Worst of all, it isn’t clear how bimodal development would work over time. “I’ve seen two party systems in the past that have degenerated into ‘them’ vs ‘us’ and with no consideration of how things evolve they are not sustainable,” writes Simon Wardley in the Gardeviance blog.“There is no effective process for how the new (i.e. tomorrow’s industrialized components) become industrialized. The idea that somehow the two groups will work together in a ‘dance’ is fanciful. Brawl would be more like it.”

Even Gartner, which is one of the big proponents of bimodal IT, notes that it is fraught: While it predicted that 75 percent of enterprises would have a bimodal capability by 2017, it also predicted that half of them would make a mess of it.

Bimodal and beyond

So if bimodal IT doesn’t work, what should companies do instead?

What’s really needed is not bimodal IT, but trimodal IT, Michels writes. “Trimodal IT is the trick to making mode 2 sustainable and successful,” he writes. “IT must recognize the transitioning of new services into stable and scalable solutions as a separate, strategic function. It must assign a distinct group, even by selection of ambassadors from the other two modes, and specifically charter that group to integrate and adapt practices for ensuring operational success.”

Wardley also agrees with the trimodal concept. He postulates three teams: Pioneers, Settlers, and Town Planners. Basically, Pioneers are the innovators, Settlers turn innovations into products (like Michels’ transition team), and Town Planners turn the products into commodities or utilities. “If you want to create a bimodal / dual operating system structure out of this then you really have to give up on one part,” he warns.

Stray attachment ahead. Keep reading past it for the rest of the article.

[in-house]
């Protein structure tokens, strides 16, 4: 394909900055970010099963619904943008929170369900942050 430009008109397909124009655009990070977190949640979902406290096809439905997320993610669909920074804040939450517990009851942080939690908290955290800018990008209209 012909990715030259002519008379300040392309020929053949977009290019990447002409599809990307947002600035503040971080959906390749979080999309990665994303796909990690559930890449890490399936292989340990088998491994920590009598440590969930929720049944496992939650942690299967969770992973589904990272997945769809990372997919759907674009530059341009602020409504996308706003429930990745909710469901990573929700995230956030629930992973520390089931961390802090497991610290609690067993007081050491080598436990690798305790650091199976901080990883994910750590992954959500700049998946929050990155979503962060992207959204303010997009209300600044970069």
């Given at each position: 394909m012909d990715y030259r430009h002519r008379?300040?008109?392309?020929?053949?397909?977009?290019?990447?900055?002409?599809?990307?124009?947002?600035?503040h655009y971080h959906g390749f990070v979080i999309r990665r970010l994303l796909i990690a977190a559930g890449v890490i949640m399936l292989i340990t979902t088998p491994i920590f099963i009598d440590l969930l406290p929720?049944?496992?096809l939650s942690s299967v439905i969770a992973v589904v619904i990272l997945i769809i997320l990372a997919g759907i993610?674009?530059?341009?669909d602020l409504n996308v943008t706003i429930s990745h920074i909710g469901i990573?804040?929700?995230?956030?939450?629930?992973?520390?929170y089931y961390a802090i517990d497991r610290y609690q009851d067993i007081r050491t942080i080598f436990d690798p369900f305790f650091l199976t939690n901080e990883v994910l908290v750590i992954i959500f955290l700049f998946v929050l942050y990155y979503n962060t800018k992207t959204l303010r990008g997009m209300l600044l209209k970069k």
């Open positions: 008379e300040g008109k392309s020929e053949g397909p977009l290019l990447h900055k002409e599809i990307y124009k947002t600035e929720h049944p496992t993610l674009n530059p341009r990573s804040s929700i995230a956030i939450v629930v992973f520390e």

And perhaps even trimodal isn’t enough, Campbell writes. “The agility vs. stability postulate is a false dichotomy,” he writes. “Bimodal is too trivial–the real-world is multi-modal. You need as many solution approaches as you have business drivers. It is not as simple as an ‘either-or’ bifurcation.”

Ultimately, bimodal IT can hurt the organization by cutting legacy apps off from technology that could improve them, warns Steven Murray in Computer Business Review. “Companies have decades of high value IP wrapped up in their legacy IT and mainframe applications making it critical for them to become more agile to remain relevant in today’s digital world,” he writes. “Those that don’t adopt a widespread agile approach will miss a major opportunity to fully enrich the customer experience and drive unprecedented value for the business.”

“Everyone in IT should be given the freedom to look into new technologies that might improve either system efficiency or provide possible value to the users,” Hart agrees. “Everyone in IT should be working with the business to learn what the business needs to be more effective.”

Get more information on the top trends affecting today’s workplace – including cloud, mobility and workflow automation – in this exclusive IDC research, “The Future of ECM: Code-Free Integrations and Anywhere Access.”